Demographically, CEEC maintain an imperative potential for future developments in Europe, with approximately 105 millions inhabitants, representing 28% of the EU population.

TheGross Domestic Product (GDP) per inhabitant in six countries (Poland, Hungary, Czech Republic, Slovakia, Estonia) representing 18% of the EU level and only 8% in the other five (Romania, Bulgaria, Slovakia, Lithuania, Latvia) highlights the poignant existence of important discrepancies

The most agriculture-dependent economies prevail in the most rural countries such as Romania, Bulgaria and the Baltic countries.

In all the countries candidates to accession to EU, the weight of agriculture in GDP and the busy population is in slow decrease since 1989. The potential of active manpower engaged in the agricultural industry of CEEC is nearly 10 million people, compared to approximately 7 millions in EU, that representing an important resource that can secure the economic diversification of rural space in the future years.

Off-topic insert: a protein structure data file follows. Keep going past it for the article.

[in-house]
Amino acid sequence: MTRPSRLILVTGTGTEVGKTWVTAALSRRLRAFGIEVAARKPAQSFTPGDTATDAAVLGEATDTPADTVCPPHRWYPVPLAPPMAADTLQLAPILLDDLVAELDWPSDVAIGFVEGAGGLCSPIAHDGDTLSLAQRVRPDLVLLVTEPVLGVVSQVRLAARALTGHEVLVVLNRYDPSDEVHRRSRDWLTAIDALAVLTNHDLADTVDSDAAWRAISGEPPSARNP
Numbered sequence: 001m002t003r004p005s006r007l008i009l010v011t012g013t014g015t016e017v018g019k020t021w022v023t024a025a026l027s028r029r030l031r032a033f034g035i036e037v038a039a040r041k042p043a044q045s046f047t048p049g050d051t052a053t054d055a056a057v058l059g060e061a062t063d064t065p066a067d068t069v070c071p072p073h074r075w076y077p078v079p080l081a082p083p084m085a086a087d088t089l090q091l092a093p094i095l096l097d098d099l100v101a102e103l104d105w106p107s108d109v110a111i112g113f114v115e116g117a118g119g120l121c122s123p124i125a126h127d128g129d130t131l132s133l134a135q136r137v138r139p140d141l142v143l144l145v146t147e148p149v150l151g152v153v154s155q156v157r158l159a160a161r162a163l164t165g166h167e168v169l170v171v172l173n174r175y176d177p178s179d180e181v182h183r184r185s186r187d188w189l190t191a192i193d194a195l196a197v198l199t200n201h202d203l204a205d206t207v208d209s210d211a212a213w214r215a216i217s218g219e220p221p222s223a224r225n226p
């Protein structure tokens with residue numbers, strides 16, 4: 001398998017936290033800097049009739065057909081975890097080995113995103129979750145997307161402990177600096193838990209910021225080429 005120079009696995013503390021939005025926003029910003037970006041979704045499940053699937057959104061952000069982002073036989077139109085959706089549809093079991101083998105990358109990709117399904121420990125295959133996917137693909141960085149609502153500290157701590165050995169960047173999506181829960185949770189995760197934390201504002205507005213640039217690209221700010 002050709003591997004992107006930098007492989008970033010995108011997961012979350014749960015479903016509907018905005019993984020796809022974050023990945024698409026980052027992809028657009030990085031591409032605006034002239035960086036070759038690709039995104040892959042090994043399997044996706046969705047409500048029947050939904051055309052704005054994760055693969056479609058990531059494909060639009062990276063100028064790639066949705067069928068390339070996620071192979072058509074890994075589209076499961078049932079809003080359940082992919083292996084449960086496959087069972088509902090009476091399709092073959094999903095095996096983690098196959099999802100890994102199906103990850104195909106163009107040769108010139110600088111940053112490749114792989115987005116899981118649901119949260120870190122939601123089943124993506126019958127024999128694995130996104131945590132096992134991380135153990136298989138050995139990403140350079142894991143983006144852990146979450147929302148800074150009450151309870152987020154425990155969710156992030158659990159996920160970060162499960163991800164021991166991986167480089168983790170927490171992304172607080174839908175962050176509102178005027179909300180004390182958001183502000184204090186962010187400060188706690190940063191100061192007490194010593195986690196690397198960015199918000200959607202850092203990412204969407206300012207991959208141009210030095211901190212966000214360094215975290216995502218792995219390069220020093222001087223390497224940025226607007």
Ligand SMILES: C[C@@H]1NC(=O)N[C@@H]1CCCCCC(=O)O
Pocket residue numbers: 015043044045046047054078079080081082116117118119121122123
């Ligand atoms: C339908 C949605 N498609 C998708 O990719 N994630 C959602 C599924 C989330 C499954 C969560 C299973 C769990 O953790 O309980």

In Germany the share of agriculture in GDP is slightly under 1%. This is one of the reasons why some politicians from EU, including Germany, consider unnecessary to invest more in supporting the agriculture of the most developed countries.

In France, Spain, Portugal and even Greece, things are different. But if these very developed countries continue to invest, especially in the primary agriculture, they do it not so much to achieve great production, but for the ecological aesthetics of each of these countries, for tourist beauty and local comfort, especially for the protection of environment and resources.